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‘We are remembering everyone.’ Students lay poppies to remember Halifax’s fallen

WATCH ABOVE: The growing No Stone Left Alone movement held its first ceremony in Halifax Tuesday. Global’s Dave Squires was there.

HALIFAX – They may be gone, but thanks to a growing initiative focused on youth, Canadian veterans will never be forgotten.

The ‘No Stone Left Alone’ campaign aims to recognize the sacrifice of Canadian men and women who lost their lives in their service, while educating students about all of the conflicts the country has been involved in and the sacrifices made.

Over 100 students from Gorsebrook Jr. High each placed a poppy at the foot of every military headstone in Fort Massey Cemetery in Halifax on Tuesday.

“It’s a good idea. And I think it’s good that we are remembering everyone,” said Saorla Miller.

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Lieutenant Colonel (Ret) John McEachern, who is involved with the No Stone Left Alone, said its a way to remember every fallen solider while also keeping the memory of their sacrifices alive among the youth of today.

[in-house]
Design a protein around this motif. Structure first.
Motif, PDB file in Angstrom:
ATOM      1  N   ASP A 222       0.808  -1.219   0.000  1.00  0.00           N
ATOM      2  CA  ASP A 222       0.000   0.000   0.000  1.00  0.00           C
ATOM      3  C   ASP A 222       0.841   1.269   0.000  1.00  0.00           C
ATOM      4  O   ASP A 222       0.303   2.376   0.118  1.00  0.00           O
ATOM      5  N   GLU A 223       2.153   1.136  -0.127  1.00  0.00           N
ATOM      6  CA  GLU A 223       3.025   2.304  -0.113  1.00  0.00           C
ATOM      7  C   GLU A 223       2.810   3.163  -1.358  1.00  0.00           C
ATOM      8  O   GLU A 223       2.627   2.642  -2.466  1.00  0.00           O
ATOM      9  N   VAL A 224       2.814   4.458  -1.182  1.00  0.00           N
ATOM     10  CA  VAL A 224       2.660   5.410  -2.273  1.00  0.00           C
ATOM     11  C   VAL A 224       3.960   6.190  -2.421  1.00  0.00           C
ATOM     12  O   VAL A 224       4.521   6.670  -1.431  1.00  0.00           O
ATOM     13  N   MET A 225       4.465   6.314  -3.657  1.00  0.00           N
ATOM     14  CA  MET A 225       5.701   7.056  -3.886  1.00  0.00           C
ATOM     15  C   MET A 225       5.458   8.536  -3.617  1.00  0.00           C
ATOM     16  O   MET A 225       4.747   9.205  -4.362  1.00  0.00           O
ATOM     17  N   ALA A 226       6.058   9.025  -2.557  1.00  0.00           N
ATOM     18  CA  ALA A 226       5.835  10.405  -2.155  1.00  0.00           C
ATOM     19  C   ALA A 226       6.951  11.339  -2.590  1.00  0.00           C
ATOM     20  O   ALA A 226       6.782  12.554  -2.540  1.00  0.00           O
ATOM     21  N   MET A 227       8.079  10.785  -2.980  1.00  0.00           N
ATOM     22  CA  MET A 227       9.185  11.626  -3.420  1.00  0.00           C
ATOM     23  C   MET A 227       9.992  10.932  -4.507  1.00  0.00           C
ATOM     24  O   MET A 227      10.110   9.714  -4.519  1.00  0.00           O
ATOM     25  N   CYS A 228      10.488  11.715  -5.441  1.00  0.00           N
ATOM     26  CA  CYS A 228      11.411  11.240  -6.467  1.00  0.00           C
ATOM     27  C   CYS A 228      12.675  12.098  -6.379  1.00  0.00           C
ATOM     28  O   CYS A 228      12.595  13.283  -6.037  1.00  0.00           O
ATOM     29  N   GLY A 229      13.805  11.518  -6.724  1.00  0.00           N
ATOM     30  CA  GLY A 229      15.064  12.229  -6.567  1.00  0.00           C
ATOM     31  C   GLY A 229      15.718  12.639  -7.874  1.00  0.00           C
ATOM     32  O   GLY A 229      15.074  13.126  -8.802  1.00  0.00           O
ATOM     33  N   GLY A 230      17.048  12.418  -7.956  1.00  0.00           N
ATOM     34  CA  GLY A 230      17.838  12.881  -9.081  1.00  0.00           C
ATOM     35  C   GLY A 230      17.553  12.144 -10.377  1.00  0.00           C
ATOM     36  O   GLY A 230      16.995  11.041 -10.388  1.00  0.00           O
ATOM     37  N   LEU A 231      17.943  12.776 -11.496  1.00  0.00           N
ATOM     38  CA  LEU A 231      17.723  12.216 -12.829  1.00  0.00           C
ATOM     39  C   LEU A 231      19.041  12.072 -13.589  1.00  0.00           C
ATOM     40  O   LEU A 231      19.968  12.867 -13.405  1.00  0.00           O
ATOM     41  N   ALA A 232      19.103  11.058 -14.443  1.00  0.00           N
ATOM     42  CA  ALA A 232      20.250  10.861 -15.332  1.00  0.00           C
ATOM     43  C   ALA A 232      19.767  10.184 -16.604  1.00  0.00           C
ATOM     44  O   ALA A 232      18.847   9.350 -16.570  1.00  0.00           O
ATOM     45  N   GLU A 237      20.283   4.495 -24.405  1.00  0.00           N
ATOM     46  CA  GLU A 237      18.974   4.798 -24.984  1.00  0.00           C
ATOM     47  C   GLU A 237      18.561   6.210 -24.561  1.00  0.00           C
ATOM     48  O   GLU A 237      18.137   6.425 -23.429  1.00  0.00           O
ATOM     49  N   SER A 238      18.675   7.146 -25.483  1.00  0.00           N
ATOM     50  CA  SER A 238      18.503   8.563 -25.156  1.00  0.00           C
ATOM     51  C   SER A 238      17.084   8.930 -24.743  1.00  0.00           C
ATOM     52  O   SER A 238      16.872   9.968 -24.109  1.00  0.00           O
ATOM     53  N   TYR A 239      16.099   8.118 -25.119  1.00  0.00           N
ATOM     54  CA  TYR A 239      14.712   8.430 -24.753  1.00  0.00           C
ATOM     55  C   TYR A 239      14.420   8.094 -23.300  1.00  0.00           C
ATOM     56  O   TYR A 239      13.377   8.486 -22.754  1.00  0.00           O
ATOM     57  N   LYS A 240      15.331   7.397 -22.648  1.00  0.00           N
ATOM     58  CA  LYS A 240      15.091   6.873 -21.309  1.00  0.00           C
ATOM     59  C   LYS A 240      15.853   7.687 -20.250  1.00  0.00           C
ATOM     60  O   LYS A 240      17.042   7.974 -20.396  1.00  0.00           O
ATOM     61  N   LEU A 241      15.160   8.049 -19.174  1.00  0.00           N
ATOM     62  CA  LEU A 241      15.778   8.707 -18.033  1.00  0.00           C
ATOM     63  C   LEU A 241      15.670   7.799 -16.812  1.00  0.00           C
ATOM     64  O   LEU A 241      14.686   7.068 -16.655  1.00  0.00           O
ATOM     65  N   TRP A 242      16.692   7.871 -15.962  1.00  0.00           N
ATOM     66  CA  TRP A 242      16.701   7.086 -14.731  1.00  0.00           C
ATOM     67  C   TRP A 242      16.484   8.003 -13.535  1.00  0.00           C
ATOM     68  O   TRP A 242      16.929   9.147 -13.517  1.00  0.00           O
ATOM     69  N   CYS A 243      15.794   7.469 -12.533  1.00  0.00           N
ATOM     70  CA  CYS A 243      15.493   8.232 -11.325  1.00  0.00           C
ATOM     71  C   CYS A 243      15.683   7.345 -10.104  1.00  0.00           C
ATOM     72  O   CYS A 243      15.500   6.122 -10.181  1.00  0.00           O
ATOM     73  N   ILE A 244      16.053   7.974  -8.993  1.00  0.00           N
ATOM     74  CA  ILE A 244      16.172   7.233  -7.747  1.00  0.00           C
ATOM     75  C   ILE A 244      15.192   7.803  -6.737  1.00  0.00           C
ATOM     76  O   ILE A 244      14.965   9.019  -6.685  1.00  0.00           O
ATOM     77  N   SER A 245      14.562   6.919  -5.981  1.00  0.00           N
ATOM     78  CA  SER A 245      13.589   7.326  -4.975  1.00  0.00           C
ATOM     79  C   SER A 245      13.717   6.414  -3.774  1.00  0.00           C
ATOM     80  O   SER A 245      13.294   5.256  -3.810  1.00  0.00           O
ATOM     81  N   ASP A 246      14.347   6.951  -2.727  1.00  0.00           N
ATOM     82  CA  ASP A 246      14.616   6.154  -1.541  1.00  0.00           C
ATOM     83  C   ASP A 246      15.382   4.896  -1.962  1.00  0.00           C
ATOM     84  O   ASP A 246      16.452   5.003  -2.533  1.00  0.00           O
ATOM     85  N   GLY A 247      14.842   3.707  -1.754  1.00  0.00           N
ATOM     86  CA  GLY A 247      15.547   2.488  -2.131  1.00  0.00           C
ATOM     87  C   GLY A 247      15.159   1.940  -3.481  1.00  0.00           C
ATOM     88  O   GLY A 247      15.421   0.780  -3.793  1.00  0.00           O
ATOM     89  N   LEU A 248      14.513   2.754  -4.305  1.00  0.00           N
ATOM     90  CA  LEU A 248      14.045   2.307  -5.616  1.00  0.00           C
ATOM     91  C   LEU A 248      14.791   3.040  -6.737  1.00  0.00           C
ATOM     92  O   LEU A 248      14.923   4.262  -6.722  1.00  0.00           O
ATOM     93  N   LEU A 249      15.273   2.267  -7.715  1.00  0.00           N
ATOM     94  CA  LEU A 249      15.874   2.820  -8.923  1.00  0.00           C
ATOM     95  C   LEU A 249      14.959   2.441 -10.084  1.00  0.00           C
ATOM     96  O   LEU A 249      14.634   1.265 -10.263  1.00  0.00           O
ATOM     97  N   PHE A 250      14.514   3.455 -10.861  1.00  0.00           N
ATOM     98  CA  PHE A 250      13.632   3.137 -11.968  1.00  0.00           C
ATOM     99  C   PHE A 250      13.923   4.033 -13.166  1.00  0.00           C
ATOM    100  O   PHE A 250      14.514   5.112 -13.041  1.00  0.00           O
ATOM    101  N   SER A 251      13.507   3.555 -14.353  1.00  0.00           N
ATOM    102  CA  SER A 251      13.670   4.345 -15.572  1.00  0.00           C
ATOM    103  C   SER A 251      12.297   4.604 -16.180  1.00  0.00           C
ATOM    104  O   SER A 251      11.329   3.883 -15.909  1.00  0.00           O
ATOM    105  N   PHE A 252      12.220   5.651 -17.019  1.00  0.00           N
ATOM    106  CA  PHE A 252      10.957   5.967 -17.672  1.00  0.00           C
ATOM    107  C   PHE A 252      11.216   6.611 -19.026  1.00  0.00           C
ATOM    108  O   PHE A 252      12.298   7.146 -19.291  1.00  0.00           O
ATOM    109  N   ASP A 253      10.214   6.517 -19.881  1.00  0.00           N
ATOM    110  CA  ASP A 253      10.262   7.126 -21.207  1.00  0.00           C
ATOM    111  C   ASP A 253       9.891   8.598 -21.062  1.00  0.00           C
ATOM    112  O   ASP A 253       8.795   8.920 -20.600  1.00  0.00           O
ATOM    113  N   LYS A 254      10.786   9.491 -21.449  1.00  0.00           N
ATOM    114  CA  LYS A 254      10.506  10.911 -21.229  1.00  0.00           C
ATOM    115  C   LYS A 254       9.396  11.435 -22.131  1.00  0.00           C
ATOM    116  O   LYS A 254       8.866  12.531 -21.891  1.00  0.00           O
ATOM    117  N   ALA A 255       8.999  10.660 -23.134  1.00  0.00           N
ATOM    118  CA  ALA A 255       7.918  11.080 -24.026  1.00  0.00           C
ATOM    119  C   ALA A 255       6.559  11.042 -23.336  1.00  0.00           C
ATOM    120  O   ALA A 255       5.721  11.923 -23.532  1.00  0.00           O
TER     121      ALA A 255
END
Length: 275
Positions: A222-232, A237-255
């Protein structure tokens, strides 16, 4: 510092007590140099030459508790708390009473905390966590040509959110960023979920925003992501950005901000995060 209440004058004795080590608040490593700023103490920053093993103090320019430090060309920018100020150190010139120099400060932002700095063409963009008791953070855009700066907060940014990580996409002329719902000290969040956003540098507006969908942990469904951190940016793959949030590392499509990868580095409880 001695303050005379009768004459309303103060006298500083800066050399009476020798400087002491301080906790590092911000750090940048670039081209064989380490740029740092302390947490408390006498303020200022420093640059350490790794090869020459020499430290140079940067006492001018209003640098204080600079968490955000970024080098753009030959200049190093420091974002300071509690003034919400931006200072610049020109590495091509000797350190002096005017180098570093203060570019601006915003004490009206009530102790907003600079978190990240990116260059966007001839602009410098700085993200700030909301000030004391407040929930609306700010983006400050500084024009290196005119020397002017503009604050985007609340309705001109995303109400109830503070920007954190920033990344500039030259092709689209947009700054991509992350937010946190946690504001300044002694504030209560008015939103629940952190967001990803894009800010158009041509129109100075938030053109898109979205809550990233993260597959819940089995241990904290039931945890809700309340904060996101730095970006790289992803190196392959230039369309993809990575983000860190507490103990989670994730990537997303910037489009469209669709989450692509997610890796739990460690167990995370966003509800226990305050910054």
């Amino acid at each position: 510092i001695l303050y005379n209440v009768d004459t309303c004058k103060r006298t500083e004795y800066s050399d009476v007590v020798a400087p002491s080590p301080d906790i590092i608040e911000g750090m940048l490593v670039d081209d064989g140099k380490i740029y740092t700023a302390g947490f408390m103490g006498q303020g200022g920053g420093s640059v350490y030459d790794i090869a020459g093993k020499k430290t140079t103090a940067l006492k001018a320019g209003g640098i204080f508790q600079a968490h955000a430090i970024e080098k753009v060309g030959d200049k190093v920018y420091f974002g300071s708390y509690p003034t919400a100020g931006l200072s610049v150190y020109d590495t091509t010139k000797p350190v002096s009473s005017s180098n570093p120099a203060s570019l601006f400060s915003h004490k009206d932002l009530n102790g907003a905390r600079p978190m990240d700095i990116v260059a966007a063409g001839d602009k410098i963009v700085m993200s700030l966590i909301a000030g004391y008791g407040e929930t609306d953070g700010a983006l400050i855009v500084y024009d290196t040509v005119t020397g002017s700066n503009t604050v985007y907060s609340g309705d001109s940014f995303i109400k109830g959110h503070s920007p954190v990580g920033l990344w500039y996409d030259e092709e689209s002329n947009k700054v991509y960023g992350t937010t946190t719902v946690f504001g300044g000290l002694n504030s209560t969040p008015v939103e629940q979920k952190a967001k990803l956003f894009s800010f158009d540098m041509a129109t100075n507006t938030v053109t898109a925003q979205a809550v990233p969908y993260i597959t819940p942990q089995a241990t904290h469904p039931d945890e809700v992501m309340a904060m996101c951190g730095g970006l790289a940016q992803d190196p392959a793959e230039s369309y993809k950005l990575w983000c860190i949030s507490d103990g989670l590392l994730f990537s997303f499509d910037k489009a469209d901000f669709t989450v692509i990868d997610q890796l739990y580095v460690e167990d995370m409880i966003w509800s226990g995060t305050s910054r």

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“If they can come out, take part in a ceremony like this and actually see the names on the people on the grave sites, of people that actually died so they can live free. It means a lot to me and I think it will mean a lot to the children as well,” he said.

The No Stone Left Alone campaign started in Edmonton in 2011. This is the first time a ceremony was held in Halifax.

“I think it’s an amazing opportunity to have our school invited to take part in this. It’s such an amazing way that students can keep in mind those that have served,” said David LeBlanc, principal of Gorsebrook Jr. High.

Students who participated said they appreciated the experience.

“I think this is quite important because it engages youth and gives us a chance to remember,” said Sohun Pinto.

The campaign will have invited 5,400 students to lay 23,000 poppies in 83 cemeteries across the country by Remembrance Day.

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